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Quilters keep themselves in stitches

Decorative pillowcases also are on the docket for aid group.

July 22, 2011|By Ruth Sowby
  • Sewing pillow cases for Childrens Hospital Los Angeles are, from left, Jane McVay and Heather Phillips. (Photo courtesy of Ruth Sowby)
Sewing pillow cases for Childrens Hospital Los Angeles…

Several dozen members of the Church of Latter-Day Saints made it their task to turn out 300 colorful pillowcases in one day for young patients at Children’s Hospital Los Angeles. On July 14 at the church building on Central and Dryden, busy hands were also at work tying quilts to send to Japanese Relief organizations as part of Humanitarian Aid Activity Day. Chairman Jane McVay supervised members of Relief Society, the church’s world-wide women’s program, as they whistled while they worked behind whirring sewing machines, labored over hot irons and set up quilt racks.

Relief Society members, also Glendale residents, included Stake President Gloria Hawley, second ward Relief Society Board Member Kathy Lee, Primary President Heather Phillips and Jessie Headstream, brought along to help by her neighbor.

Warner Bros. studio executives donated fabric with designs featuring their Yogi Bear character and Scarlet O’Hara from “Gone with the Wind.” Church members ponied up more than $3,000 for even more fabric. “During the year, we have made 750 pillowcases representing holidays like Valentine’s Day, “Summer Fun,” Halloween and Christmas,” said McVay.


Closer to Christmas, Relief Society members will also deliver toys in the pillowcases to the Hospital. At the end of their hospital stay, each patient will take home their toys and pillowcases.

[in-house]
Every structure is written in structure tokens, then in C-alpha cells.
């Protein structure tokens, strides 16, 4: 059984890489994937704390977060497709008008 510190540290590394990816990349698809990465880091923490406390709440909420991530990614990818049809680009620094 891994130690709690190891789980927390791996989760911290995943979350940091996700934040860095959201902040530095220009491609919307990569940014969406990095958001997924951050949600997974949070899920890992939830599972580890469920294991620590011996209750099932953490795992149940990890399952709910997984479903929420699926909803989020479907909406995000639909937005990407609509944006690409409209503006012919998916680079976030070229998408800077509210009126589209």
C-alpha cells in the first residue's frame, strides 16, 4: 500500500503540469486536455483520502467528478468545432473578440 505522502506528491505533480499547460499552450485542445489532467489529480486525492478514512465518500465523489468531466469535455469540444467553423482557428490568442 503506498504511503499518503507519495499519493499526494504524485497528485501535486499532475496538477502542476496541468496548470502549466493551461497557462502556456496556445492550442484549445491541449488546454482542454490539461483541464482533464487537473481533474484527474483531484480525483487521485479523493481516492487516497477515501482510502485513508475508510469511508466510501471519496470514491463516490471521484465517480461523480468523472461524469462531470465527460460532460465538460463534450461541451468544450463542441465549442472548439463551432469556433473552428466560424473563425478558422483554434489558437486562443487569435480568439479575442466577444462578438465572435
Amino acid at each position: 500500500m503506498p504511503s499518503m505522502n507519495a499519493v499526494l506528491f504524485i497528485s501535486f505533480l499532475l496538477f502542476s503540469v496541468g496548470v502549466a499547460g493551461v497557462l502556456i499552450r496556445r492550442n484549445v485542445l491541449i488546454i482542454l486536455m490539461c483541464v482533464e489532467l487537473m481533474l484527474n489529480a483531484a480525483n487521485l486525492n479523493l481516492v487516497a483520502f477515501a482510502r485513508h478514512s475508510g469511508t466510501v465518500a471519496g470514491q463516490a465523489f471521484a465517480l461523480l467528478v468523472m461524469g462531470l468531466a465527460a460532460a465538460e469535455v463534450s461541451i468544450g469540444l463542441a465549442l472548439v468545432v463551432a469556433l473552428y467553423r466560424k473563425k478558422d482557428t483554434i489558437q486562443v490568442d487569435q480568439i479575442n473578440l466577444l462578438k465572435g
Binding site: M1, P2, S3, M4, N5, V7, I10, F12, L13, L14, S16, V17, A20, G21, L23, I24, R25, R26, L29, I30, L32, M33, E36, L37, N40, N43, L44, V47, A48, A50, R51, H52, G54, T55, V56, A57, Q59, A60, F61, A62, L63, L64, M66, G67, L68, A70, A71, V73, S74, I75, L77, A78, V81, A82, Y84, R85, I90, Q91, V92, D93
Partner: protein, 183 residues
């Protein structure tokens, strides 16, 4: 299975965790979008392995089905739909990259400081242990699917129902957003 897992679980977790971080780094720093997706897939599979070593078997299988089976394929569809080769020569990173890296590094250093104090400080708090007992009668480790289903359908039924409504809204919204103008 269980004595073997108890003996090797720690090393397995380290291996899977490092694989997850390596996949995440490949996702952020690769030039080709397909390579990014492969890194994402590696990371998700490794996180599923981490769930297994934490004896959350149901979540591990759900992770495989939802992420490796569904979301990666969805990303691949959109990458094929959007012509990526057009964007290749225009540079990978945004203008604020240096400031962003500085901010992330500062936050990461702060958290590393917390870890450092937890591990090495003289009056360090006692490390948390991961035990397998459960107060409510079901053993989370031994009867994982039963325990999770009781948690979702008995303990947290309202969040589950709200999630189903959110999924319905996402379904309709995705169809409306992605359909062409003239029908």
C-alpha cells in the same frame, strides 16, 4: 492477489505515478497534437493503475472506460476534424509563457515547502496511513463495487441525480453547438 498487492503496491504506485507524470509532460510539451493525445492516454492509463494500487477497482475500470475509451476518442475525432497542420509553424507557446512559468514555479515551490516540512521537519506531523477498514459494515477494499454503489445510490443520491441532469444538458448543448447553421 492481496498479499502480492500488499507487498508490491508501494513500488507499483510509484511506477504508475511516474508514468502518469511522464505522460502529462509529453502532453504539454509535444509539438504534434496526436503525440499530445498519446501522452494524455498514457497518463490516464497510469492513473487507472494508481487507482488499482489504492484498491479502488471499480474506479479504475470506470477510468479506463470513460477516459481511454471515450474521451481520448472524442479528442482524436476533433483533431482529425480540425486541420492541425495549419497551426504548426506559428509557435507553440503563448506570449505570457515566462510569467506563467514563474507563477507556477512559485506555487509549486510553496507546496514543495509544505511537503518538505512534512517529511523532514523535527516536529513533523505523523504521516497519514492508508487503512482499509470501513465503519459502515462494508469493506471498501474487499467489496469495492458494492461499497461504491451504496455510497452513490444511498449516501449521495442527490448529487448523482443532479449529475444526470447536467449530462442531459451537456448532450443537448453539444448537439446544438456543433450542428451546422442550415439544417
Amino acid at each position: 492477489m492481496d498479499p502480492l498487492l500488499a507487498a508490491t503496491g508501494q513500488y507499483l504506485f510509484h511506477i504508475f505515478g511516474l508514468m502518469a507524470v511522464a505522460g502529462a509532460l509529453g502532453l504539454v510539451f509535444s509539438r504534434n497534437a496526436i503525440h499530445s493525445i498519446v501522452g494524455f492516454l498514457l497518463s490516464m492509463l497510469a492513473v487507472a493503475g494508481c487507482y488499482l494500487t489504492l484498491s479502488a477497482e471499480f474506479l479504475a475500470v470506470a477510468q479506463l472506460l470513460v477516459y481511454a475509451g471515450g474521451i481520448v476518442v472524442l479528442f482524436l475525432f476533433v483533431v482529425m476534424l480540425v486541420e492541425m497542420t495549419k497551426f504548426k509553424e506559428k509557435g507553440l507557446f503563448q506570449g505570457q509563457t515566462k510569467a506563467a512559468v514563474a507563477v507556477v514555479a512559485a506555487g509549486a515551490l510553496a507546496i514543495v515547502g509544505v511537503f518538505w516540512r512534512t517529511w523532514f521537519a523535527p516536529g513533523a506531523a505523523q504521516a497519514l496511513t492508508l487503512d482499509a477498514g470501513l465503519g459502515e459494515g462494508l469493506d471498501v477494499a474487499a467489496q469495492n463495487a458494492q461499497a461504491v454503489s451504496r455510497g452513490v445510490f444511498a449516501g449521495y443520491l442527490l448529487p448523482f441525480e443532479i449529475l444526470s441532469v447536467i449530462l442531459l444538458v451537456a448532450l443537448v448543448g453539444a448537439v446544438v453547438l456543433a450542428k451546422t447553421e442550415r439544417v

Besides quilts for Japan, several of the quilts tied today will go to needy families in Glendale for Christmas. A dozen child-themed quilts are earmarked for shelters for homeless, pregnant women, including those at Elizabeth House in Pasadena.

Humanitarian Aid Activities are held monthly. All are welcome to volunteer.

It isn’t every day a loyal employee decides to stay 36 years at the only job she has held right out of college. Joyce Rudolph fits that bill. She is currently features editor at the News-Press and is due to retire at the end of the month. But what do you do after dealing with printing presses, printer’s ink and reporter’s deadlines for more than three decades? Besides volunteering for several of the charitable organizations she has covered for years, “I’m going to find a second occupation that I enjoy,” says Rudolph. She also will spend plenty of time with family.

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